“Part of T. Mychael Rambo’s appeal can be ascribed to his charisma,” said Star Tribune theater critic Rohan Preston, who’s written about Rambo for more than two decades. “He’s incredibly talented with a smooth voice and tremendous magnetism. But his generosity of spirit — and of heart — are the things that help him to stand out.” Last year, Preston wrote a piece about Rambo’s unique tradition of delivering Happy Birthday serenades to his friends — over the phone, on social media and even in person — three or four times a week, sometimes even for hire, but usually just for friends for fun. “Everyone pointed to his grace,” Preston said. “That said, he’s human with flaws, and his honesty about overcoming those also becomes inspiring.” Sarah Bellamy, artistic director at Penumbra Theatre in St. Paul, recalled a time 10 years ago when she was launching the organization’s RACE

Workshop program. During an especially stressful moment in a generally stressful facilitation experience, she completely lost her train of thought. “I turned around, and there was T. Mychael,” she said. “He put his hands on my shoulders, looked deeply into my eyes and asked, ‘What do you need?’ and I was OK. I know I can call on him and I know he will always be there. He is a rock for so many people. And he has made a positive impact on so many lives.” Rambo lives in St. Paul’s Midway neighborhood in a house he bought for $1 as part of an economic corridor revitalization program during Gov. Arne Carlson’s administration. It was set to be torn down after a fire, but Rambo fixed it up with low-interest loans, and today it’s a traditional painted lady sporting spindles of burgundy, ceramic slate blue and sky blue. “When you turn the corner onto my street, you notice it,” he said. “People say, ‘I knew that was your house.’” Minnesota Good Age / July 2019 / 35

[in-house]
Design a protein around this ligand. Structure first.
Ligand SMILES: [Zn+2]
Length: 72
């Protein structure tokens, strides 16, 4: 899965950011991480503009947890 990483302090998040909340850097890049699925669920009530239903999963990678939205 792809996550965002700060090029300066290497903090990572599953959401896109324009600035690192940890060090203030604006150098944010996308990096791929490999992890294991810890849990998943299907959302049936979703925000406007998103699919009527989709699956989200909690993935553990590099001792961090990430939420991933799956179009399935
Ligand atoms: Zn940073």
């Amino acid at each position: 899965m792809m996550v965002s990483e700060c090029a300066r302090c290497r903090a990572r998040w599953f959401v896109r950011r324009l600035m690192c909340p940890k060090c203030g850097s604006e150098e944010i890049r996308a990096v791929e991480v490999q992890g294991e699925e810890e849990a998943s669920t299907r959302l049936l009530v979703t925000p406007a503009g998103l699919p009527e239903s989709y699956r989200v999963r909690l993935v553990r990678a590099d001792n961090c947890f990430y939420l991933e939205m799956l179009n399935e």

Committed to education When someone recognizes Rambo, it’s usually from his role as the minister in Black Nativity, a role he’s played for 13 years at Penumbra Theatre. Because of his extensive charity and motivational speaking work, he’s also often asked if he’s an emcee/auctioneer/ speaker from a local event. But the thing that pleases him most is when someone says, “When I was in second grade, you taught me, and I still remember it.” “Theater and singing are my heartstrings, but education and giving back are my heart source,” Rambo said. “Being able to teach is the most rewarding and gratifying part of my life.” It’s a value he gets from his family. “Everyone always said that service is the rent due for living on this planet, and education is the cornerstone of service,” he said. “We give back what we have received.”

See T. Mychael Rambo perform! 42nd STREET This Broadway classic— which will feature Rambo in the role of financier Abner Dillon— is a musical showcase with energetic dancing and hit songs like We’re in the Money and Lullaby of Broadway. When: July 23–Aug. 11 Where: Ordway Center for the Arts, St. Paul Cost: Seats start at $48. Info: ordway.org

CROWNS This new off-Broadway play tells the story of six African-American women through the hats they wear to church. Rambo will play a character known as Man, an interlocutor, shifting, transforming and inhabiting the space to support the women in telling their own personal stories. When: Sept. 13–Oct. 12 Where: Summit Center for Arts & Innovation, St. Paul Cost: Tickets start at $20. Info: newdawntheatre.org

Photo by Tracy Walsh